Monday, January 12, 2009

What is a Burgh

We left our home church of over 12 years recently, which was sad but necessary for reasons not relevant to this posting. In an exciting twist, some dear friends at that same time were called to plant a church here in Tulsa. It is called the Burgh. A burgh is a fortified community and that is exactly what the Burgh is striving to be.

The newness of it begs the participant to ponder what it means to be in community. Is community simply the people around you or is it something deeper? And for it to be deeper, does it mean the biblical model of shared purse and food and all that? Or can it be something deeper but in the middle between the two?

There are plenty of others out there desiring to live in a community and I think the common thread is "doing life together." Whatever that means. In college, a group of us spent the summer living in community at the beach. It was by turns confrontational, inspirational and frustrating. And I still, after almost 20 years, know and care deeply for some of these people.

My best friend lives in a deliberate community in Pittsburgh, where they moved into a block of deteriorating homes and reclaimed the street for the glory of God. They play together, eat together, and worship together, but not always. And by her accounts, her experience is much like mine. It can be incredibly annoying to have people you know around you all the time. But the benefit of ever present support outweighs the downside.

I am mindful of when our last child was born, at home by design. We had the midwife and her assistant, as well as two dear friends from church. These women came and had a great time, ministering to us the entire time. They took care of our daughters, cooked all our favorite foods, brought me tea as I nursed my son for the first time, even decorated the kitchen to celebrate this new birth. They showed up in the morning to take the kids to school.

It was everything I wanted. A burgh is a group of people with common values fortified by the strength of their faith in each other as well as the blessings of a loving God we serve. Is it easy? No.Does it simply happen? No. Is it worth pursuing?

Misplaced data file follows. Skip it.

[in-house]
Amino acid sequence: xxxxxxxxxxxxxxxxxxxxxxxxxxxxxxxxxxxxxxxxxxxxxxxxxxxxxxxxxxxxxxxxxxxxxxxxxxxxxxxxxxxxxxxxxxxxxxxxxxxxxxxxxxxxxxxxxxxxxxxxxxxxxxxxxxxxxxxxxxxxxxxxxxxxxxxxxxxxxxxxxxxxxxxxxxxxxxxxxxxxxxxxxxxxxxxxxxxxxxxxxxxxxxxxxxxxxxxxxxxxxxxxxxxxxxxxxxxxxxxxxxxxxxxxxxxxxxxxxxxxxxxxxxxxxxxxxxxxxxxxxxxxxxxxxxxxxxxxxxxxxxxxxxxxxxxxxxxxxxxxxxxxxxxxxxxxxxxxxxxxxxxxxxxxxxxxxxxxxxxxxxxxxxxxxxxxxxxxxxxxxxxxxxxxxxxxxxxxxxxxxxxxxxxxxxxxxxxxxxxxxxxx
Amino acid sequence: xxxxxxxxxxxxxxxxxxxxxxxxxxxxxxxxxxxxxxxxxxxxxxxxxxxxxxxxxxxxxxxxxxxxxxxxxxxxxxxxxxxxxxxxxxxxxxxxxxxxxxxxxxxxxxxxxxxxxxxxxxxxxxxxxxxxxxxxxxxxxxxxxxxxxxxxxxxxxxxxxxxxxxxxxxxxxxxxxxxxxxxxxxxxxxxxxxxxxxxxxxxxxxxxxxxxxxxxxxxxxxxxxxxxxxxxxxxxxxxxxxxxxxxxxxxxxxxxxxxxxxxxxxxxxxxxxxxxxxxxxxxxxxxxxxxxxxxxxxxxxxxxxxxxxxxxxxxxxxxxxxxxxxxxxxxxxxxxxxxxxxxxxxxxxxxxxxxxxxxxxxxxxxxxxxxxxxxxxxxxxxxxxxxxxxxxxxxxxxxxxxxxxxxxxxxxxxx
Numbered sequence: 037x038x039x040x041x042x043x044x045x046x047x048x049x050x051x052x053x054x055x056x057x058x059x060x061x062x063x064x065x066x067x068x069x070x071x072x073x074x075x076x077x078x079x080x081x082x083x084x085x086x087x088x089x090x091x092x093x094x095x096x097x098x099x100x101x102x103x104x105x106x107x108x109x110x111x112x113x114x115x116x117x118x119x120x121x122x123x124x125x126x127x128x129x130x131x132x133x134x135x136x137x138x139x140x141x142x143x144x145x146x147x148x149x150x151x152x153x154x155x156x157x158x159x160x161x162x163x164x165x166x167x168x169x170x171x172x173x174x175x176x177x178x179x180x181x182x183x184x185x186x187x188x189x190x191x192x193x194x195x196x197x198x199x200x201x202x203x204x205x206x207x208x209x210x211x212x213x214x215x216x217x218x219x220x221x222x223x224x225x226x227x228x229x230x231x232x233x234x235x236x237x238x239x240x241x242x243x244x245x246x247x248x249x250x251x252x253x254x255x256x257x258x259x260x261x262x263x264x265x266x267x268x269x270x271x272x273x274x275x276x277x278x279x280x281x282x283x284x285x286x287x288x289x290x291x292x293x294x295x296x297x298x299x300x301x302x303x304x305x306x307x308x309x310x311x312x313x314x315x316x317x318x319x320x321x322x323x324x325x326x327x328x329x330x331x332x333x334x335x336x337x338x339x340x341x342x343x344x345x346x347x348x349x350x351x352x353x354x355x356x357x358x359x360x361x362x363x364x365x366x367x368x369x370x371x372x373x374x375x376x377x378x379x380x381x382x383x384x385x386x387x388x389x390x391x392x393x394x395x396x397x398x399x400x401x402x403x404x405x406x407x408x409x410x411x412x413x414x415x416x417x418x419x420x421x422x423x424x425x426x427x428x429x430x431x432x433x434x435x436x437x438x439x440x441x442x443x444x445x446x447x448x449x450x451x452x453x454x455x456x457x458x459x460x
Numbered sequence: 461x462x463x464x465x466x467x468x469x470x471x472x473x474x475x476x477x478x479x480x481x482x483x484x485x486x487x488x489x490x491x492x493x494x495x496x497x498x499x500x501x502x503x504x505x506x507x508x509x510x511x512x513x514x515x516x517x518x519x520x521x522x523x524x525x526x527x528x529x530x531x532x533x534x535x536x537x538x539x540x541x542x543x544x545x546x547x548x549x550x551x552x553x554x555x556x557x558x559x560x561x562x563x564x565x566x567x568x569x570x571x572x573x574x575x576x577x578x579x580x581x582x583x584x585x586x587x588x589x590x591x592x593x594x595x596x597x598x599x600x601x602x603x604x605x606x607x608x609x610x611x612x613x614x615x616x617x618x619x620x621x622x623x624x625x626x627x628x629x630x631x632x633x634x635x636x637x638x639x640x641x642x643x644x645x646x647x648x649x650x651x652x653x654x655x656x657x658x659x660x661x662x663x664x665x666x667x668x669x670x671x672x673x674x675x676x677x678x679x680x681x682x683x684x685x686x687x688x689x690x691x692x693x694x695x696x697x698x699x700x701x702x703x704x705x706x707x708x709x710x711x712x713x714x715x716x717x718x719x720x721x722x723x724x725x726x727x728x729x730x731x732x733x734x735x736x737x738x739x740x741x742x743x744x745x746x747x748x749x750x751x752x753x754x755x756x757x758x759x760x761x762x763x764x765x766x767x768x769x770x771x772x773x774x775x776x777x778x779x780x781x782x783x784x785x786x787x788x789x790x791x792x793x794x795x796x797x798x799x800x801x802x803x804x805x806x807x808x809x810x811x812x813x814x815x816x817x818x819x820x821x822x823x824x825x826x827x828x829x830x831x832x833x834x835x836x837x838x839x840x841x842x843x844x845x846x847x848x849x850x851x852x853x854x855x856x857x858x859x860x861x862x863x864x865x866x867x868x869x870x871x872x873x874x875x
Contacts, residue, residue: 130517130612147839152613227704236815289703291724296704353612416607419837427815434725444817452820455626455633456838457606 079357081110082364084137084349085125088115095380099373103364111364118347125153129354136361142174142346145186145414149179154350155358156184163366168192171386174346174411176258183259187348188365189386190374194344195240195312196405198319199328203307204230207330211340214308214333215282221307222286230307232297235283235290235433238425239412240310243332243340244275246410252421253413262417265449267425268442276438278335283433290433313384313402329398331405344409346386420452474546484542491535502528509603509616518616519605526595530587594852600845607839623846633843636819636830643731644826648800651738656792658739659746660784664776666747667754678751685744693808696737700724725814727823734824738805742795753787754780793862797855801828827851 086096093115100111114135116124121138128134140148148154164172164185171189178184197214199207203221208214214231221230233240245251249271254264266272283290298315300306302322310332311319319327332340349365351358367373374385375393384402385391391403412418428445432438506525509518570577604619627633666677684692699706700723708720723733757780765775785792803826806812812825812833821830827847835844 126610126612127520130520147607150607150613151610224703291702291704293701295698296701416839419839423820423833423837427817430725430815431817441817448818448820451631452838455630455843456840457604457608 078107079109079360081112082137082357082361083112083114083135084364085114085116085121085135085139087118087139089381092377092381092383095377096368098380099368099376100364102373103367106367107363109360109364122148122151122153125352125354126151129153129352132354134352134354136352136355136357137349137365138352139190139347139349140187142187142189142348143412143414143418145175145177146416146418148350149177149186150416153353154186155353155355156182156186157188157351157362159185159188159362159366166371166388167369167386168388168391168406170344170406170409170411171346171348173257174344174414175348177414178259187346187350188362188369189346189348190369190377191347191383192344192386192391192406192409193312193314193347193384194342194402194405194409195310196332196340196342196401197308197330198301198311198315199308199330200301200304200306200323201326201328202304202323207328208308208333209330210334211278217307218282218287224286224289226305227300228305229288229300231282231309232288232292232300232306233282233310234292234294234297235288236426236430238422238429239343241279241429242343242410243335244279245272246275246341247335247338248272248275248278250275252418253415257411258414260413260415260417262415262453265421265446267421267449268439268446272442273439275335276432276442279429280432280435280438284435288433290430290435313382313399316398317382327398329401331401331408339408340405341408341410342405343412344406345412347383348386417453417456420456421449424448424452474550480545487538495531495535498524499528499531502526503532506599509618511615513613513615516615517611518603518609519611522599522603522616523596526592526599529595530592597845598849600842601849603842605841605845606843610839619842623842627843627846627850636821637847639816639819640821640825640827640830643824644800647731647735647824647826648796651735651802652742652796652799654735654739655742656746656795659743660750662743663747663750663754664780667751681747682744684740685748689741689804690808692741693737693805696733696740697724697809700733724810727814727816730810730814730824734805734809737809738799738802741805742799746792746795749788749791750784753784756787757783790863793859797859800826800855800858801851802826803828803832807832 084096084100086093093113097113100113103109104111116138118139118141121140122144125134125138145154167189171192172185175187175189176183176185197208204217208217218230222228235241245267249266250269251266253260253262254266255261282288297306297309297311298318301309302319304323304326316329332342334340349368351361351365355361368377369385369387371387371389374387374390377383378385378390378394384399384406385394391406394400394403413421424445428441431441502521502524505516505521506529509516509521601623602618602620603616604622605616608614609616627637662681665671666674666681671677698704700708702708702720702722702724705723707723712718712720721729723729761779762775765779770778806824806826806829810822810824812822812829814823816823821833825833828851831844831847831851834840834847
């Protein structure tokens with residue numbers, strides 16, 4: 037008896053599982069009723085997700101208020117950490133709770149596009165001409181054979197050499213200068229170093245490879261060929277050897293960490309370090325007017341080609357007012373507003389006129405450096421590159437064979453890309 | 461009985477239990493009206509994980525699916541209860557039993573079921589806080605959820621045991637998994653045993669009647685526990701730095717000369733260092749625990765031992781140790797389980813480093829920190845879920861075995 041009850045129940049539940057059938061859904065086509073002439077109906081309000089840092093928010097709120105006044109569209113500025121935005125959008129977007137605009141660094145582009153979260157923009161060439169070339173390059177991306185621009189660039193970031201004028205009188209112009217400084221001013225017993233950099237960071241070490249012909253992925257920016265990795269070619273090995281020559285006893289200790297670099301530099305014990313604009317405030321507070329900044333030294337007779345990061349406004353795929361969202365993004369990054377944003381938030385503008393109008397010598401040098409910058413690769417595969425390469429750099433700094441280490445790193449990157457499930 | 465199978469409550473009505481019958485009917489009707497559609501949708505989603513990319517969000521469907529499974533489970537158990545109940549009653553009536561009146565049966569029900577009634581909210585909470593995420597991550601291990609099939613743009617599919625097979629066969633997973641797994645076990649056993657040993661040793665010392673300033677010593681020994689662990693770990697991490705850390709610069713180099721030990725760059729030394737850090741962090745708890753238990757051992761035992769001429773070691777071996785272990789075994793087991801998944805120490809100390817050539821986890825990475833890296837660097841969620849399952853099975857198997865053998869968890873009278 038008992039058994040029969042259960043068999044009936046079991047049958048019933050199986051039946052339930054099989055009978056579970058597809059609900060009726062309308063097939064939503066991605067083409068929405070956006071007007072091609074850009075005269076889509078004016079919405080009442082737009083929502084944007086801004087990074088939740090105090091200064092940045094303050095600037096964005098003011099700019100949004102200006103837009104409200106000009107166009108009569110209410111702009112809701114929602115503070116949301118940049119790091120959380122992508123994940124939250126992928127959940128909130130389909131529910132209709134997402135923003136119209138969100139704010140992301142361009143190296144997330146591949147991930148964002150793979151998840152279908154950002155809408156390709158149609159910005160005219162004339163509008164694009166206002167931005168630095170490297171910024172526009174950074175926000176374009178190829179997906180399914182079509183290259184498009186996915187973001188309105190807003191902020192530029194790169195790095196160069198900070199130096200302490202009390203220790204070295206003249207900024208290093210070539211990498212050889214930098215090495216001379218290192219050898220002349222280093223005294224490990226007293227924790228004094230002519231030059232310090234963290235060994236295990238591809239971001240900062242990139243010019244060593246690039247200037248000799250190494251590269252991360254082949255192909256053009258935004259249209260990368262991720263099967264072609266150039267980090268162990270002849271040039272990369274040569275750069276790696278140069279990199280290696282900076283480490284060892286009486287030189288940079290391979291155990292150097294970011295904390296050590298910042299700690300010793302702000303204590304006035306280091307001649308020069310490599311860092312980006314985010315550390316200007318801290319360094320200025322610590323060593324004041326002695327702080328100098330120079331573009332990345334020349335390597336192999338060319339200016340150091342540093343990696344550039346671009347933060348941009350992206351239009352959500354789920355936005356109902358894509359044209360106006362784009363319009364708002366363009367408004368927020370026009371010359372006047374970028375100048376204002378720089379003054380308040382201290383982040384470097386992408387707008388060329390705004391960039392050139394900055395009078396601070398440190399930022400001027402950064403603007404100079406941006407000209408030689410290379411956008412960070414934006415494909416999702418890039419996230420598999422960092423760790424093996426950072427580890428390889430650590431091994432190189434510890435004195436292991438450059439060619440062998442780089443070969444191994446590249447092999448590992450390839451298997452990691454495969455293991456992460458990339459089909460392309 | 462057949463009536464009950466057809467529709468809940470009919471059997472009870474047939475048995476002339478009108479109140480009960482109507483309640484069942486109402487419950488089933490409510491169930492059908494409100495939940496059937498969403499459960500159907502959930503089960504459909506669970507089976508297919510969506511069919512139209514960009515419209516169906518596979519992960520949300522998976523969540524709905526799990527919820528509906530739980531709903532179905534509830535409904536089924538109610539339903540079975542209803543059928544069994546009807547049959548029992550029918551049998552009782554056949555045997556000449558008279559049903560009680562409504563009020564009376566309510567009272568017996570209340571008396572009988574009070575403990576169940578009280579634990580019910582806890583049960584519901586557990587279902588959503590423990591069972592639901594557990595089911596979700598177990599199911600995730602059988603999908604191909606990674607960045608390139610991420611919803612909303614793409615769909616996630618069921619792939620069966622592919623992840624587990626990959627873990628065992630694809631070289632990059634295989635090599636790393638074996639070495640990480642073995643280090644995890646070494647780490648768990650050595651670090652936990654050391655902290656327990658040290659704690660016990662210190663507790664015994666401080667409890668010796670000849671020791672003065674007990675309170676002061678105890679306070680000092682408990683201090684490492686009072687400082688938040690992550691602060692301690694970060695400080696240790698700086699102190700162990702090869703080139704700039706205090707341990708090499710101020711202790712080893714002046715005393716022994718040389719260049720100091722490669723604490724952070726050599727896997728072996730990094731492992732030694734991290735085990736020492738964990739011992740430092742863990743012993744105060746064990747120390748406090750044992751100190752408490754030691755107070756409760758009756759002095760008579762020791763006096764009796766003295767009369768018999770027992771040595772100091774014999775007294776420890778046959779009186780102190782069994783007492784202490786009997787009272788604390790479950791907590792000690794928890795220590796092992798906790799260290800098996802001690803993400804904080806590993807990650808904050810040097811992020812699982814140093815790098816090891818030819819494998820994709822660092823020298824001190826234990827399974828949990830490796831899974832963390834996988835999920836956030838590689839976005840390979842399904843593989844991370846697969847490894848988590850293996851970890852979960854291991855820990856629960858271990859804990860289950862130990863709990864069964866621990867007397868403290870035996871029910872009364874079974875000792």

In a time when text messages are sometimes all that bind us to family and the common dinner is rushed through for the next event, I think we could all use a little genuine community. Facebook and MySpace boast large numbers of participants, chat rooms are always filled with thousands of people. I think they are all looking for the same thing: commonality, friendship, love and support.

What if we could get that with real human contact? What if we didn't have to search the web for friends but they were right were we needed them, whenever we needed them?

1 comment:

  1. Community is one of my favorite topics, Jen. This is a great post. I love gradually hearing some of your stories, after missing out on the past eight or so years of your life. It sounds like you're finding community and working out the balance in beautiful ways.

    One of the most difficult community-related issues for me is balancing my desire to build community with people who are a lot like me (Christians who are also writers, foodies, Obama supporters, etc.), with my understanding of what God's kingdom truly looks like--it's filled with variety. Being in community with all that variety can be a lot more work, but it's also more real and teaches us more in the end.